At 44 years old, Essam El Hadary’s appetite and passion for the game have not waned. Indeed, the evergreen goalkeeper is currently eyeing history with an Egypt side that is close to making it to the FIFA World Cup™ for the first time in almost three decades.
The Pharaohs lead Group E of the African qualifying campaign for Russia 2018 with nine points from four matches and should they beat Congo at home and second-placed Uganda (seven points) fail to overcome Ghana in October, they will secure a World Cup berth for the first time since 1990 with one qualifier to spare.
At the heart of Egypt’s bid to end a lengthy barren run is El Hadary, an age-defying shot-stopper who has so far enjoyed a glittering career but is still hungry for more success – most notably an elusive World Cup appearance.
“I did almost everything in my footballing career. I won 37 trophies and I enjoyed some remarkable moments such as our win over Italy at the 2009 Confederations Cup. The only thing that is missing for me is a World Cup appearance,” El Hadary, who made his name with Cairo’s famed Al-Ahly but who is now plying his trade in Saudi Arabia with Al-Taawoun, told FIFA.com.
“I’ve always been very determined and persistent to carry on playing; this is my character. During my time at Al Ahly, (current Egypt goalkeeping coach) Ahmed Nagui told me I would stop playing after the age of 50.
“The fact that I still have a chance to play at the World Cup makes me even more motivated to continue playing to realise this dream.”
El Hadary made his debut with Egypt in 1996 when one of the team’s current stars, Stoke City winger Ramadan Sobhi, was not even born.
He remains the preferred choice between the sticks and as reliable as ever, featuring in all of the team’s four World Cup qualifying matches and producing some assured displays, proving that age is just a number.
El Hadary, once described by Côte d’Ivoire and Chelsea great Didier Drogba as his “best opponent”, went to the CAF Africa Cup of Nations early this year as Egypt’s third-choice keeper, only to find himself thrown into the fray in the opening group stage game against Mali when Zamalek’s Ahmed El-Shennawi had to be replaced because of injury and stand-in Sherif Ekramy was not fully fit.
He enjoyed a remarkable campaign, leading Egypt to a place in the final for the first time since they lifted a record-extending seventh trophy in 2010 and setting some records in the process.
The man whose shoot-out heroics in the semi-final victory over Burkina Faso earned him glowing praise became the oldest player in the Nations Cup history when he appeared against Mali, breaking the record of former team-mate Hossam Hassan, Egypt’s all-time leading scorer who was 39 when he took part in the 2006 Nations Cup on home soil.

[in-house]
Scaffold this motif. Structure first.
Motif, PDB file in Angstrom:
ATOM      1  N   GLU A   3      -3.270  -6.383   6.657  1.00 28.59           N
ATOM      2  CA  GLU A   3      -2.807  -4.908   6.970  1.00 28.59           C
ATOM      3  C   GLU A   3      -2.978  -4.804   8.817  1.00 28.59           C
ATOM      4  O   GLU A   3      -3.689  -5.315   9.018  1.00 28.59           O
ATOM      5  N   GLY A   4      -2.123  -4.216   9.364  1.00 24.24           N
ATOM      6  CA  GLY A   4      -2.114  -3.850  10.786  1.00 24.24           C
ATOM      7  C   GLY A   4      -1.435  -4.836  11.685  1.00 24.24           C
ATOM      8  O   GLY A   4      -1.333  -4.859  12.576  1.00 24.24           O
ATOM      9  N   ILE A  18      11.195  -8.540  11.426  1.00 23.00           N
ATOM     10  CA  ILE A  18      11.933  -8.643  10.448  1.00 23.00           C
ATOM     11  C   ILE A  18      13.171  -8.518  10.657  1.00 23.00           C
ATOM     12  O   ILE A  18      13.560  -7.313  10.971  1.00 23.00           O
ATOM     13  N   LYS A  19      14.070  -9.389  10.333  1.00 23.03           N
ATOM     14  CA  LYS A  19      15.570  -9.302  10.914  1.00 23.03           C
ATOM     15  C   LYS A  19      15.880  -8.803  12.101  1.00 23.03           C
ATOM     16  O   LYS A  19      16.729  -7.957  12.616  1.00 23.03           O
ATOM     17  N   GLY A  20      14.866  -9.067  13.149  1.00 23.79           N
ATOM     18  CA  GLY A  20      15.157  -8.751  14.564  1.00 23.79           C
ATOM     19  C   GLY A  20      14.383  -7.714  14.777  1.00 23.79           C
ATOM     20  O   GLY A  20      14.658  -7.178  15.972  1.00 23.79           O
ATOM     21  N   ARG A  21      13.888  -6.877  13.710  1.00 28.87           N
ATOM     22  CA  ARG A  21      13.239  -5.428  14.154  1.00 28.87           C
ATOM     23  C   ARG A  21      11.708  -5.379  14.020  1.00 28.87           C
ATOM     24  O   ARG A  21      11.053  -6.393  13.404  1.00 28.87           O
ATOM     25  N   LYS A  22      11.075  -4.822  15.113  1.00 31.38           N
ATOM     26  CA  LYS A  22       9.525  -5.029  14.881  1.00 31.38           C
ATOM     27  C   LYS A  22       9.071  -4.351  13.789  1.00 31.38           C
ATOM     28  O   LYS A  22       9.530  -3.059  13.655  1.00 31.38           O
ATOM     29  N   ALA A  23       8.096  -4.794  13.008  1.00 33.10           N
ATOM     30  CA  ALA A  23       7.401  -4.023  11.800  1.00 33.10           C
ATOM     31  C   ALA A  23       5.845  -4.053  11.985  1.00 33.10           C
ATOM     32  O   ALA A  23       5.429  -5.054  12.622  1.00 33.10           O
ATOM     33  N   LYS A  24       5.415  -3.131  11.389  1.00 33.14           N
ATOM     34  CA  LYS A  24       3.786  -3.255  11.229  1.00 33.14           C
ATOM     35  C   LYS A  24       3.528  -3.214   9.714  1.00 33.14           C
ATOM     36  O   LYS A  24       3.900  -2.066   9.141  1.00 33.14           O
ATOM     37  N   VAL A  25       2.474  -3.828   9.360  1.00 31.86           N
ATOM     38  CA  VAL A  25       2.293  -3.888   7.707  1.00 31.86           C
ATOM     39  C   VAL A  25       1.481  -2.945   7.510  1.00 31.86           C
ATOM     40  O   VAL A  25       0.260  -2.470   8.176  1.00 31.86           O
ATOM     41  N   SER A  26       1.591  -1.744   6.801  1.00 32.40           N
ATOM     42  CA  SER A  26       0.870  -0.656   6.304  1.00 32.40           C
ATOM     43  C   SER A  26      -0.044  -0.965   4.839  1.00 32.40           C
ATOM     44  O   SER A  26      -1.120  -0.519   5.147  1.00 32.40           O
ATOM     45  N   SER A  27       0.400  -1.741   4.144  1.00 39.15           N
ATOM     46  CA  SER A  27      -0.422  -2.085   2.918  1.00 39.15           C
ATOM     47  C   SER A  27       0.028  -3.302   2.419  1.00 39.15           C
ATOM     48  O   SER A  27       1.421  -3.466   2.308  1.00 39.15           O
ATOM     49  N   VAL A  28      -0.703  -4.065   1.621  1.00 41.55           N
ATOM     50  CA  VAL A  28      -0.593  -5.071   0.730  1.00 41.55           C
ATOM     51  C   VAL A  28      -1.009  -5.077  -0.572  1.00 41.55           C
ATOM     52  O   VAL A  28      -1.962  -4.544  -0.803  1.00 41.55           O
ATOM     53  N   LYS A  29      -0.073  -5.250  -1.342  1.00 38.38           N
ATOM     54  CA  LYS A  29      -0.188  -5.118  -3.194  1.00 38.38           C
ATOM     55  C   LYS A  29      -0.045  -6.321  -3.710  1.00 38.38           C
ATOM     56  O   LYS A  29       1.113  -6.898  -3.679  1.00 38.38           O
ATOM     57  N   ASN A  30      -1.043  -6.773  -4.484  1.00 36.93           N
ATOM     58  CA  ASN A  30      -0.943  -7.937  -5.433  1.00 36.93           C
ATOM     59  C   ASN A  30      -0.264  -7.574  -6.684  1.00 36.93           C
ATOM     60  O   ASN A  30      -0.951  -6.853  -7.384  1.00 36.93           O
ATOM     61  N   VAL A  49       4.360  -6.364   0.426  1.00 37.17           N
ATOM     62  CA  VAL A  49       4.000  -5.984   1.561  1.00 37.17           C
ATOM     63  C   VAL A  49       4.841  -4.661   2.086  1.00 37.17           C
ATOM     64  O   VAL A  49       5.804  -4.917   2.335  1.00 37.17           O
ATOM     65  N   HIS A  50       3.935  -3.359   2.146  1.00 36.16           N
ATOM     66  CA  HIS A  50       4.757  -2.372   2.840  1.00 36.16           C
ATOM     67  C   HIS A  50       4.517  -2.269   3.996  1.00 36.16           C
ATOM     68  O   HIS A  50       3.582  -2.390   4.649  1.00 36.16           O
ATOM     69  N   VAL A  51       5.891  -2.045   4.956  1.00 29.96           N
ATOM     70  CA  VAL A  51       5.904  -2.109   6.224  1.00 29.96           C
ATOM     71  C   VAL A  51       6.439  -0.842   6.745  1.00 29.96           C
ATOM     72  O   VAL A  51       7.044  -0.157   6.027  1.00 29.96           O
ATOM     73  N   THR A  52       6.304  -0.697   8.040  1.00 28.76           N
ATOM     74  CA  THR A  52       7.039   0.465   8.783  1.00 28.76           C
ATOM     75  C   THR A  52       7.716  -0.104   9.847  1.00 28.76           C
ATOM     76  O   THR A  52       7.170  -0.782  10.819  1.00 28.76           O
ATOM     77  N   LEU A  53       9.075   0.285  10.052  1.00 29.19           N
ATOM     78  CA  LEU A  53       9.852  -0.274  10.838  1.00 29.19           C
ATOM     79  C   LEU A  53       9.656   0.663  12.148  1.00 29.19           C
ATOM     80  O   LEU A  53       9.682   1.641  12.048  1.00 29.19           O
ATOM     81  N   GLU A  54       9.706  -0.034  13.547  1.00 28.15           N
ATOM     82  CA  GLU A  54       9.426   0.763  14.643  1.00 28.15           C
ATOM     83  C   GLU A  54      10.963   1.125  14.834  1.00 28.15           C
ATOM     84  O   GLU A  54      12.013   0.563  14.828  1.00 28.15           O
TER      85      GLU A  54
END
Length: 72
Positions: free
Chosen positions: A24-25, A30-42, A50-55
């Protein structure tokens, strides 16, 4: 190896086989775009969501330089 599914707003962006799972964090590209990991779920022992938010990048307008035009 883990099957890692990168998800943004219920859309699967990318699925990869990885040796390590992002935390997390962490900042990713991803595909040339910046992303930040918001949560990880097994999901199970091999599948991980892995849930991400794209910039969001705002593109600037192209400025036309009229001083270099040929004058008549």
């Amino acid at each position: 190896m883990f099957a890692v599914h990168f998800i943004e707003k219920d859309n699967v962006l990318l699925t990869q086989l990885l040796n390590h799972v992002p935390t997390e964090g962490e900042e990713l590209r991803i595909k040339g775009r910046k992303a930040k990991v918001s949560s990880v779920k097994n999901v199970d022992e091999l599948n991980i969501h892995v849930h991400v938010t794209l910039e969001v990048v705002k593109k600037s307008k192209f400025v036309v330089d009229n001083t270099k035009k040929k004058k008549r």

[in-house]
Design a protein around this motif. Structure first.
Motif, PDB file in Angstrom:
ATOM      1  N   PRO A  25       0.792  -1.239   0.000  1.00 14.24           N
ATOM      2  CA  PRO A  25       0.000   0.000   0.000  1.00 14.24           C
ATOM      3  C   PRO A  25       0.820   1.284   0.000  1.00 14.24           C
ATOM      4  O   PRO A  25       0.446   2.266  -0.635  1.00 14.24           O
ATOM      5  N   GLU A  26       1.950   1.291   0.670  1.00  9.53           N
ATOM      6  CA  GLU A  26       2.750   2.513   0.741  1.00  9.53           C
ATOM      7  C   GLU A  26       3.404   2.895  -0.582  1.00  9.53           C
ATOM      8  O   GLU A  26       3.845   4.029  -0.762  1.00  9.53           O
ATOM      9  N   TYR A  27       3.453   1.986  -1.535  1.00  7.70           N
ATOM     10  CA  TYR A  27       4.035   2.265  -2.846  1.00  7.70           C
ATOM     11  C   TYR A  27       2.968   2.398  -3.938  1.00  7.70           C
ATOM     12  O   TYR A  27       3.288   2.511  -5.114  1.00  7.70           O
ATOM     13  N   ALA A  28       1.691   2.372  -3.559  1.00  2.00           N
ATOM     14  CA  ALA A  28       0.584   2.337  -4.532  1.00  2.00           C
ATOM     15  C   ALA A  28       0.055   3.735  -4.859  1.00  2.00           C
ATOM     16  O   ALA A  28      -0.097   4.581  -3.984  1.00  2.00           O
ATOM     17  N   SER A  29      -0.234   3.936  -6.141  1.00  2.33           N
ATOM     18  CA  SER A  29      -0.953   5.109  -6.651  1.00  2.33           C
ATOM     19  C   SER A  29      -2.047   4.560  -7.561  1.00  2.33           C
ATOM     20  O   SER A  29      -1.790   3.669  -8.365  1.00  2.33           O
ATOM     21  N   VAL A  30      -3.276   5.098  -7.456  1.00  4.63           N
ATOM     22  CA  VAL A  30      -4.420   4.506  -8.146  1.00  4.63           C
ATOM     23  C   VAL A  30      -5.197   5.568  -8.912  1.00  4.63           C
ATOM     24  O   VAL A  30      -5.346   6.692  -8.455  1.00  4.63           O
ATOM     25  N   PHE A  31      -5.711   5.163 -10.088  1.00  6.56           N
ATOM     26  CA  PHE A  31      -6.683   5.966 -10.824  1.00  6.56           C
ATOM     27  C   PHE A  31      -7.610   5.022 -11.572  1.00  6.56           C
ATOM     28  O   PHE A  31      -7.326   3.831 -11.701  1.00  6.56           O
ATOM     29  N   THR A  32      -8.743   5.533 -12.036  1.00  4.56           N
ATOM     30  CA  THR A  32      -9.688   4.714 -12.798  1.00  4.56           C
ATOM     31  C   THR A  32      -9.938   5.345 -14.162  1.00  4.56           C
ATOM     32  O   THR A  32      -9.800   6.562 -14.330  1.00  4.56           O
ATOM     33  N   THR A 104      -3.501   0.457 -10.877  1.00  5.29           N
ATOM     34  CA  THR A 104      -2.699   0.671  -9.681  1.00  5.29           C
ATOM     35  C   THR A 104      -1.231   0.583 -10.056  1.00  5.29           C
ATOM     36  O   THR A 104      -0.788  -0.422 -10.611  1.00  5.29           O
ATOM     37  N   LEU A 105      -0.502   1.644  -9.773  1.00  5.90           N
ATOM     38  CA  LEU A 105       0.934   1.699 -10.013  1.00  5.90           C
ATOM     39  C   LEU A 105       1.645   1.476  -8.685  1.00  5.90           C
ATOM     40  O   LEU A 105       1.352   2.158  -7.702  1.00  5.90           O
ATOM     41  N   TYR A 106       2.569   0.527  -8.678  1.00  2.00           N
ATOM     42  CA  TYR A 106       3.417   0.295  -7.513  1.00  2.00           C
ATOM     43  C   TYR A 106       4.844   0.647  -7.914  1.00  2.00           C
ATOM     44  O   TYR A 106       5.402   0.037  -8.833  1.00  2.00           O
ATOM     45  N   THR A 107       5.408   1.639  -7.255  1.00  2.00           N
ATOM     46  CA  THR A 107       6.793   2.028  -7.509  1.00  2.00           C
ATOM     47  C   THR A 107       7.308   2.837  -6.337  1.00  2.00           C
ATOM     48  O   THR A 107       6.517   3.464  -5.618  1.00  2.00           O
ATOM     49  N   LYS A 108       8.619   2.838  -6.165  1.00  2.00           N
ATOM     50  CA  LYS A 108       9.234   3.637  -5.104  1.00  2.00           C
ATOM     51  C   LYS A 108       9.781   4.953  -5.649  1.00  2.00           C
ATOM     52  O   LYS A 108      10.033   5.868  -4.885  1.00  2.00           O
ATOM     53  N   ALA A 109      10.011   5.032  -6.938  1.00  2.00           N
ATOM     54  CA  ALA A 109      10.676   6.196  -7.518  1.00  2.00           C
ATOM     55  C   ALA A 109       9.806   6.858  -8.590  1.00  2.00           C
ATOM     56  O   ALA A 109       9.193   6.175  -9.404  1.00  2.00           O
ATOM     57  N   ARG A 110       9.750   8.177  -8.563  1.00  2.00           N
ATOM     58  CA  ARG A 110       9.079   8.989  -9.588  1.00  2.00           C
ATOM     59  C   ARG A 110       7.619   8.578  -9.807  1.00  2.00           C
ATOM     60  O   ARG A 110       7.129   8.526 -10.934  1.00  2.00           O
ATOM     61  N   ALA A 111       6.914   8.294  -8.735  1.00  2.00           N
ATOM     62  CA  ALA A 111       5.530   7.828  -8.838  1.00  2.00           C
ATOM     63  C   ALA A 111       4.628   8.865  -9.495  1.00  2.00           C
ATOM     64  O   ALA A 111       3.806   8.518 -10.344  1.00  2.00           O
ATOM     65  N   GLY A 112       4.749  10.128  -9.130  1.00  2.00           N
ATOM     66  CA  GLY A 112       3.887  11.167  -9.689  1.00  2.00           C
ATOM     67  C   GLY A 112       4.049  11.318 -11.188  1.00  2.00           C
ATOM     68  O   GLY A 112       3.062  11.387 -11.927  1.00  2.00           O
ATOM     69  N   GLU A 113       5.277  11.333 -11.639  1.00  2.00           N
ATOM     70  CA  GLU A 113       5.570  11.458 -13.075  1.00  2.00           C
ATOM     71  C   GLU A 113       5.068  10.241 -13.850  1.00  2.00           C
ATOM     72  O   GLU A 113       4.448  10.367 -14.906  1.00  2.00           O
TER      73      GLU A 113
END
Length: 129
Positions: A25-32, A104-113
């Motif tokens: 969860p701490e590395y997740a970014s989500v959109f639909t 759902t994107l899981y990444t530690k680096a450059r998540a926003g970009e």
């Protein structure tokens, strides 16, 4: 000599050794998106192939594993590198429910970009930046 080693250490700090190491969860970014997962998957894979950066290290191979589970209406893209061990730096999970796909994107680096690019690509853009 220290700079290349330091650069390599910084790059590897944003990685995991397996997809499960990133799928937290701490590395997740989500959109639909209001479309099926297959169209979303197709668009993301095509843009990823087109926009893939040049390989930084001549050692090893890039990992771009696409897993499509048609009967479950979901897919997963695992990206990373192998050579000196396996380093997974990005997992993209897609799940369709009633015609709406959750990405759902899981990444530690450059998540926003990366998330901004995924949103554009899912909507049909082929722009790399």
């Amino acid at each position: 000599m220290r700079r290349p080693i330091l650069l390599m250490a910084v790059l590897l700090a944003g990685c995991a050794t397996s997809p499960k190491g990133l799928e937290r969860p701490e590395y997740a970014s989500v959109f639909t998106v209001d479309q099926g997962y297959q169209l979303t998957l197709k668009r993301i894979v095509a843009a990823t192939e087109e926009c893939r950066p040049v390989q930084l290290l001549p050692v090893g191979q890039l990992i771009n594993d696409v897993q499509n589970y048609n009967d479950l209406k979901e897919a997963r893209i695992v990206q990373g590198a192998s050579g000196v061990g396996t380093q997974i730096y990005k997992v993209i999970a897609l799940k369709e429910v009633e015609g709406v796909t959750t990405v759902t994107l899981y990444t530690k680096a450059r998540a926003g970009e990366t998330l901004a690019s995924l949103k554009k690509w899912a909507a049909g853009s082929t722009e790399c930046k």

He also went ten hours and 53 minutes without conceding a goal at the tournament before being finally beaten by Burkina Faso’s Aristide Bance in the semi-final of the 2017 edition.
And should Egypt qualify for the World Cup, El Hadary will become the oldest player ever to appear in football’s most prestigious showpiece.
“The primary objective is to help Egypt reach the World Cup and then any personal achievement will surely come along. The most important thing is to achieve the first objective, which is lifting the national team to the Russia finals,” he said.
“Personal glories come naturally after the biggest target is achieved. I was not the first choice goalie at the Nations Cup but I found myself playing against Mali in the opening match.”
One match at a time
El Hadary believes Egypt should keep their feet on the ground and take it one match at a time to remain fully focused on the task ahead.
Two successive failures at the last hurdle are still fresh in the memory of Egypt’s football-mad fans, with the team losing to Algeria 1-0 in a qualifying play-off in 2009 before suffering an embarrassing 7-3 aggregate defeat by Ghana in a two-legged play-off in 2013.
But looking more defensively-sound under Argentinian manager Hector Cuper, Egypt look more equipped to deal with any threats although they are still criticised for what many deem is an overly cautious approach and a lack of entertaining football.
“In football, you can never rely on your good mathematical chance to advance; it all depends on how determined, persistent and ambitious you are,” El Hadary added.
“I believe the current crop of players boasts all those qualities. We can finish the job in 90 or 180 minutes but we are taking it one match at a time and for now we are focused on beating Congo.
“We only think about Egypt and the World Cup objective, even when we eat or sleep.”